Sweeney, S. (2013, June 01). App-titude: Gather Around the Virtual Meeting Table. The ASHA Leader.


Professional Opinion Corner

Staff, other professionals, parents, educators, physicians are always asking me what I think of specific new and popular programs. They point out that many parents/physicians are seeking individuals with specific program training, and that maybe we should also be doing likewise. My response is always that it depends on the professional administering the program and not on the program itself.

I have been in practice since 1976 and have seen a multitude of programs come and go. Each comes to us with a promise and a hope of saving a certain student or client. I have rarely met a student who was “cured” by a program. I do not believe that any program in the market can completely eradicate a communication or a learning problem. It can help but it cannot cure.

What is needed is a professional who is knowledgeable about disabilities, their causes, and treatment options. We need to expose ourselves to all new programs and see how they can be used to benefit our specific client. We are too well trained to place a client on a specific program and hope that that one program will take care of all the underlying issues.

I have learned to pick and choose aspects of different programs that together with my professional expertise will maximize the client’s growth and improvement.

At SLEA we will always try to expose staff to new methods, programs and materials. However, the bottom line for our staff is their professional training and their caring character.

Helen Sherman-Wade, MA CCC-SLP
Executive Director
Speech, Language & Educational Associates
818-788-1003 Ext. 18

Welcome To Christy House!

Christy HouseWith her father serving in the Air Force, Christy was born in Japan on a military base and spent most of her childhood moving every two and half years while travelling throughout the United States and Europe.  She has lived in Japan, Germany and Italy.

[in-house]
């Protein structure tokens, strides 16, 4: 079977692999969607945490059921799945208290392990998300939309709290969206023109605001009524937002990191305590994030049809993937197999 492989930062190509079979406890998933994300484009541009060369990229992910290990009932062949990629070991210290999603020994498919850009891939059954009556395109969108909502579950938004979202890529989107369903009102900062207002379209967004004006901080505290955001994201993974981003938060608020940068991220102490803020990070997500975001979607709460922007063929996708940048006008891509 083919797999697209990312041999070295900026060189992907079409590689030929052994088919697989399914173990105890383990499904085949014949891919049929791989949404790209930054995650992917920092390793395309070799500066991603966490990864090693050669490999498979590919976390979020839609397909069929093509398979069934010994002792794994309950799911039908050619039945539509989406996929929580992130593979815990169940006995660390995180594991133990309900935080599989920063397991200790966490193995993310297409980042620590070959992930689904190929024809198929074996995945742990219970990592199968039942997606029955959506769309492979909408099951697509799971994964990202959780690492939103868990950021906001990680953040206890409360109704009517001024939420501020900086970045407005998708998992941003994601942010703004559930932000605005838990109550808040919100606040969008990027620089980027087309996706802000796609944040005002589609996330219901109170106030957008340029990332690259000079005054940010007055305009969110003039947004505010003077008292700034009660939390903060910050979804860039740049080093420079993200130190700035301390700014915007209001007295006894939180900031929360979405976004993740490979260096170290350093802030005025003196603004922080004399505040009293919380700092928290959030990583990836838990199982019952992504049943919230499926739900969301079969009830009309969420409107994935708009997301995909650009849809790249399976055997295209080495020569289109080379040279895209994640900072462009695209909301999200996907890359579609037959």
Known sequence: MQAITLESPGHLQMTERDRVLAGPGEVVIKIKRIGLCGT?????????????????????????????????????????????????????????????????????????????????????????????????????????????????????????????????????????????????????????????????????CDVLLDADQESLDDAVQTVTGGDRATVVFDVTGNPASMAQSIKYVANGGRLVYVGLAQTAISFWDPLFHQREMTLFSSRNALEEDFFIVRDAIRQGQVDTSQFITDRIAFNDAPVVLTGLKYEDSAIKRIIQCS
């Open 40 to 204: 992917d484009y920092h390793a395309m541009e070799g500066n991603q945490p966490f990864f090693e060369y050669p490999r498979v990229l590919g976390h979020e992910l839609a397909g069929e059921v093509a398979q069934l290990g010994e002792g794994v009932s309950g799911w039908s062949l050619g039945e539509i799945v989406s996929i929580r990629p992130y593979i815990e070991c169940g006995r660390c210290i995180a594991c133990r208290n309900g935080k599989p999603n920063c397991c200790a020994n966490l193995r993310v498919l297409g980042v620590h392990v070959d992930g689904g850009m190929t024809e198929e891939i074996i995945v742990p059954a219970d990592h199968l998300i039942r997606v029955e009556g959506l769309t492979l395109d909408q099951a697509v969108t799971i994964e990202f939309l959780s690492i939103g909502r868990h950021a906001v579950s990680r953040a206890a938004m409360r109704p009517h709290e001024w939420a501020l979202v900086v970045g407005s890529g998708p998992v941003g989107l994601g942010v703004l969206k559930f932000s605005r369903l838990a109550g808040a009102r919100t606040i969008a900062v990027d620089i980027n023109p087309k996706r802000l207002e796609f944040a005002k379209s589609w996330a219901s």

After graduating from high school in Hawaii, she immediately moved to Los Angeles in 1986 and has been working full-time ever since. Christy has 15 plus years in the staffing and recruiting industry placing mid-level and C level Executives in a variety of industries on a national level.

Her most recent experience prior to SLEA, is Director of Human Resources for Behavioral Company specializing in ABA Therapy.  She oversaw the full scope of human resources.  Christy directed staff in the areas of: organizational structure, employment, compensation, employee database maintenance, payroll, benefits administration, employee relations, orientation/training/development, and policy/procedure development and was responsible for the development and monitoring of the human resources division budget. She served on the executive management team and advised company managers about Human Resource issues.

SLEA is delighted to have Christy House as our Human Resources Manager.

Summer Greetings

I want to wish all of you a very pleasant and relaxing summer!  I want to thank all of you for all your “Get Well” wishes, gifts, and cards.  Although I have failed miserably at thanking each of you, I want you to know that all your good wishes and kind thoughts and visits have helped me tremendously!  I am now back to walking (with the aid of a crutch), and driving…so I am on the mend.

I also have not thanked all of you for all the gifts, cards, emails, good wishes on my granddaughter, Ellie’s birth.  She is almost five months old and a sheer joy!

I must thank my administrative team, Shellie, Olga, Eric, Christy and our wonderful support staff in our offices, for keeping our programs running.  We’ve had a wonderful year and we could not have done it without all of you!

As you can see, I have much to be “THANKFUL” for.

We are now busy scheduling for summer and September is looking very good, as well!

We are planning some trainings for the summer which will include most of you!  Please let us know if you feel you need support or specific training in fulfilling your work responsibilities, so we can add your needs to our trainings.

I look forward to seeing all of you, in the office, at some point, this summer!  Thanks for our association!  We couldn’t do it without you!

Best Regards,

Helen Sherman-Wade